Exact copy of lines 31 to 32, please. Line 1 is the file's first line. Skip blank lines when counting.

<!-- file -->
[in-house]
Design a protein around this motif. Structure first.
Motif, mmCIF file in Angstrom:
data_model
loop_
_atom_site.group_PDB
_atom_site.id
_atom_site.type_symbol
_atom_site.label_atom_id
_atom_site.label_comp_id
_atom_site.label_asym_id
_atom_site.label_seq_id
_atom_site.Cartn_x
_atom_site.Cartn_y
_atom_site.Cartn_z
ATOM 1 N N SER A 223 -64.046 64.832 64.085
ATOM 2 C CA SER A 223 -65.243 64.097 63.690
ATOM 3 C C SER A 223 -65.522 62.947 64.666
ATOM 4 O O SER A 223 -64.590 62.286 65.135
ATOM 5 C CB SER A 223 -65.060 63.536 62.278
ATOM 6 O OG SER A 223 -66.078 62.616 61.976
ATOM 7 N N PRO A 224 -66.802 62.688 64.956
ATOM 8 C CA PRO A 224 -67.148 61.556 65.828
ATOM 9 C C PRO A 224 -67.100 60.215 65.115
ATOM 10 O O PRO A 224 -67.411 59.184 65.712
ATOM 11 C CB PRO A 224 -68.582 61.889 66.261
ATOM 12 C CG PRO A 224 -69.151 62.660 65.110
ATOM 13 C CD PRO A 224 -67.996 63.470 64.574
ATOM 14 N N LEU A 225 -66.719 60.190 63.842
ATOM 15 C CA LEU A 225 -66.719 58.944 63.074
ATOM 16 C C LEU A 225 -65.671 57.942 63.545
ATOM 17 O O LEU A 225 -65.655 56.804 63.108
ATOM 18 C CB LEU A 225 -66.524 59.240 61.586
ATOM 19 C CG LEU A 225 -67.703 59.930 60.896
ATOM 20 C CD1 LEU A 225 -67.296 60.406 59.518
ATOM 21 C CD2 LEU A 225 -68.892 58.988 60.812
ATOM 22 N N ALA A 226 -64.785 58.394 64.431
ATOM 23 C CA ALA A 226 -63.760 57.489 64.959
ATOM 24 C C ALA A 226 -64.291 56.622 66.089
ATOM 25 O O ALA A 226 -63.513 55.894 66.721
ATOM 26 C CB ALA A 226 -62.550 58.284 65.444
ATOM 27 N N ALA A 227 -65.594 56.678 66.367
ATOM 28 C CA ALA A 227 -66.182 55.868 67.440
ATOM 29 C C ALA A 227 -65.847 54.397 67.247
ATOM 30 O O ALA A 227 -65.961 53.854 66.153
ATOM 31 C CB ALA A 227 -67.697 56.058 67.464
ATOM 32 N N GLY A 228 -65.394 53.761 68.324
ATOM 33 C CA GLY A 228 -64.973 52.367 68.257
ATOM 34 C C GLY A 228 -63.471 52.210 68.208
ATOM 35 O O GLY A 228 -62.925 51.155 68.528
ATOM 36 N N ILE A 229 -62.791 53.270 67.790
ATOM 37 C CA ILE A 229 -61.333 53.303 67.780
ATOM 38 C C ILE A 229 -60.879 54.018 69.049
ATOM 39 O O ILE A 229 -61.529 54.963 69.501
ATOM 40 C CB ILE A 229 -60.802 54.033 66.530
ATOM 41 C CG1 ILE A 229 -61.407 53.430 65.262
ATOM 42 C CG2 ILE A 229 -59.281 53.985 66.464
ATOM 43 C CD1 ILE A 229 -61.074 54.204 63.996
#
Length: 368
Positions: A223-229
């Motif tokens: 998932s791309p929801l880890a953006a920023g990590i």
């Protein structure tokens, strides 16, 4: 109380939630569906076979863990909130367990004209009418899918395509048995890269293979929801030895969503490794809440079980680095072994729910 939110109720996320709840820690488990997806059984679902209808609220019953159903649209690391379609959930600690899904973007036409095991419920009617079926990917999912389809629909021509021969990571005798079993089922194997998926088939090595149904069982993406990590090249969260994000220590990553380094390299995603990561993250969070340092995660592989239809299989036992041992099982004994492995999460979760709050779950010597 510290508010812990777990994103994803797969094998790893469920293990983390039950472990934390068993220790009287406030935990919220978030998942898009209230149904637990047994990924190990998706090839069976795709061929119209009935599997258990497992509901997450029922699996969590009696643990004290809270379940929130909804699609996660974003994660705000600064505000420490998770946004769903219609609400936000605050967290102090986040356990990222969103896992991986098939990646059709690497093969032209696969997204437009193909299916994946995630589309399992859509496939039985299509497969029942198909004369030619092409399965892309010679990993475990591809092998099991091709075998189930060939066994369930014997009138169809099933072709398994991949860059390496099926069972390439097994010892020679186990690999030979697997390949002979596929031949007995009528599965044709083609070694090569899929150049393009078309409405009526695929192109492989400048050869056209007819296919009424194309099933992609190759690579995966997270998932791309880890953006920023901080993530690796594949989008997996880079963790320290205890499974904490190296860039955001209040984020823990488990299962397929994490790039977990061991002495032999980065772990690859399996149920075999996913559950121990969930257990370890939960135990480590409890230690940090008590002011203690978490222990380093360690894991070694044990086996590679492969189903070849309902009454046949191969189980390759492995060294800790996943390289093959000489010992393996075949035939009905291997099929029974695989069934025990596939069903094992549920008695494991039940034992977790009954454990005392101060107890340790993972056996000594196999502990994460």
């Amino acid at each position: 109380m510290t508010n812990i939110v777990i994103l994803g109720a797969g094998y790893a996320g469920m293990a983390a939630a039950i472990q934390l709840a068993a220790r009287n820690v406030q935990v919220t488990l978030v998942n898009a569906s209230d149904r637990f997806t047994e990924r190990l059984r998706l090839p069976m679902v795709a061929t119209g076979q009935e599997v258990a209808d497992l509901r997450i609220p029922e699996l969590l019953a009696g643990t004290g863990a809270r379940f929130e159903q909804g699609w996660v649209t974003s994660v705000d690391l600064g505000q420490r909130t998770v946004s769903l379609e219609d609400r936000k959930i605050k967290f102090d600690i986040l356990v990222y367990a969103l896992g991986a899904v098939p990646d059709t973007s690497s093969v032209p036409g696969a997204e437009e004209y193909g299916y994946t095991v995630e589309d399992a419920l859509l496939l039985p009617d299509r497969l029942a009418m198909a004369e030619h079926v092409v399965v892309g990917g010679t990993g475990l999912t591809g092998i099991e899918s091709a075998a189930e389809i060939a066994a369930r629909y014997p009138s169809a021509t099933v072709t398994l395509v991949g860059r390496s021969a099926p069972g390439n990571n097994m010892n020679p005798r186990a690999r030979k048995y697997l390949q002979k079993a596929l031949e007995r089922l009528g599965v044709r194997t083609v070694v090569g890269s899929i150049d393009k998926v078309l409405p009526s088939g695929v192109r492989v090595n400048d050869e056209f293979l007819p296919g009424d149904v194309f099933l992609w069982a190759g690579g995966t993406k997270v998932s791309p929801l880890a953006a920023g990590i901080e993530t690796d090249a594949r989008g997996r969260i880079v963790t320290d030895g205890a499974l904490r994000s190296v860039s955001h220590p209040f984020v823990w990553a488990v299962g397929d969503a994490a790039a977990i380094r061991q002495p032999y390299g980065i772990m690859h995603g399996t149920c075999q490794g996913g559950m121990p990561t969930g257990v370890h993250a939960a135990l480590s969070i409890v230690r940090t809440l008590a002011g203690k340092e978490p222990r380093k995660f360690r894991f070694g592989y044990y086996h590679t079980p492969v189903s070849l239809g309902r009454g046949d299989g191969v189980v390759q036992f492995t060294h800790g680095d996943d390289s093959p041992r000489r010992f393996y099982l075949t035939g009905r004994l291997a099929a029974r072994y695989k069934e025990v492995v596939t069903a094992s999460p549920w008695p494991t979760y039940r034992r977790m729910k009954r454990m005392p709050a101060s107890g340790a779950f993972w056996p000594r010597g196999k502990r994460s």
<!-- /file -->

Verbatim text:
ATOM 16 C C LEU A 225 -65.671 57.942 63.545
ATOM 17 O O LEU A 225 -65.655 56.804 63.108